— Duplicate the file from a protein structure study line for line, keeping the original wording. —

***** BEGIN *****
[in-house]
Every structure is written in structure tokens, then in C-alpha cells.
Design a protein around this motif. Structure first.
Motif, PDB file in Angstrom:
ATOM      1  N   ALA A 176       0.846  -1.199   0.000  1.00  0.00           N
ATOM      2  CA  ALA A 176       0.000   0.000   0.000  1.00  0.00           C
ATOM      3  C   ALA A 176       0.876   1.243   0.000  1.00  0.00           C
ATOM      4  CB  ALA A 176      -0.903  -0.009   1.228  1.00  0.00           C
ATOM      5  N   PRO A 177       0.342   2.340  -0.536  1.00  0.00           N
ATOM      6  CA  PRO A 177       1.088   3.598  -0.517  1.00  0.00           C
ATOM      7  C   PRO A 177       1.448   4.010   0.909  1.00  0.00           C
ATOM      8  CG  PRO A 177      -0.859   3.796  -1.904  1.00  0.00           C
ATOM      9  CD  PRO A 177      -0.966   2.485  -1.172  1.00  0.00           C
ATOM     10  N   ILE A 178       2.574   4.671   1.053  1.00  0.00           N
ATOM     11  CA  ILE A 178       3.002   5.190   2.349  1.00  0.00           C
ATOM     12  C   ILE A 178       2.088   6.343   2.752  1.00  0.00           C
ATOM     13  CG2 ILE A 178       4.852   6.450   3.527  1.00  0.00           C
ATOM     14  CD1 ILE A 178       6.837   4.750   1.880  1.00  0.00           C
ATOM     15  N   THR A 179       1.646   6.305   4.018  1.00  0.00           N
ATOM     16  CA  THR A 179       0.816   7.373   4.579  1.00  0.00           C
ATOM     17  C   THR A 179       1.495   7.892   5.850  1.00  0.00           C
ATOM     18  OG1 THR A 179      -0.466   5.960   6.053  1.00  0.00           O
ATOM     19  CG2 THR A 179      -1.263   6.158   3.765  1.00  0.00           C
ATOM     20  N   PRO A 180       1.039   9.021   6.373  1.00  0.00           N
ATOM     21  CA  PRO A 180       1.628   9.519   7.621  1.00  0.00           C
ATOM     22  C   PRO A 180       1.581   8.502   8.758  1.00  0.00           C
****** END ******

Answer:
[in-house]
Every structure is written in structure tokens, then in C-alpha cells.
Design a protein around this motif. Structure first.
Motif, PDB file in Angstrom:
ATOM      1  N   ALA A 176       0.846  -1.199   0.000  1.00  0.00           N
ATOM      2  CA  ALA A 176       0.000   0.000   0.000  1.00  0.00           C
ATOM      3  C   ALA A 176       0.876   1.243   0.000  1.00  0.00           C
ATOM      4  CB  ALA A 176      -0.903  -0.009   1.228  1.00  0.00           C
ATOM      5  N   PRO A 177       0.342   2.340  -0.536  1.00  0.00           N
ATOM      6  CA  PRO A 177       1.088   3.598  -0.517  1.00  0.00           C
ATOM      7  C   PRO A 177       1.448   4.010   0.909  1.00  0.00           C
ATOM      8  CG  PRO A 177      -0.859   3.796  -1.904  1.00  0.00           C
ATOM      9  CD  PRO A 177      -0.966   2.485  -1.172  1.00  0.00           C
ATOM     10  N   ILE A 178       2.574   4.671   1.053  1.00  0.00           N
ATOM     11  CA  ILE A 178       3.002   5.190   2.349  1.00  0.00           C
ATOM     12  C   ILE A 178       2.088   6.343   2.752  1.00  0.00           C
ATOM     13  CG2 ILE A 178       4.852   6.450   3.527  1.00  0.00           C
ATOM     14  CD1 ILE A 178       6.837   4.750   1.880  1.00  0.00           C
ATOM     15  N   THR A 179       1.646   6.305   4.018  1.00  0.00           N
ATOM     16  CA  THR A 179       0.816   7.373   4.579  1.00  0.00           C
ATOM     17  C   THR A 179       1.495   7.892   5.850  1.00  0.00           C
ATOM     18  OG1 THR A 179      -0.466   5.960   6.053  1.00  0.00           O
ATOM     19  CG2 THR A 179      -1.263   6.158   3.765  1.00  0.00           C
ATOM     20  N   PRO A 180       1.039   9.021   6.373  1.00  0.00           N
ATOM     21  CA  PRO A 180       1.628   9.519   7.621  1.00  0.00           C
ATOM     22  C   PRO A 180       1.581   8.502   8.758  1.00  0.00           C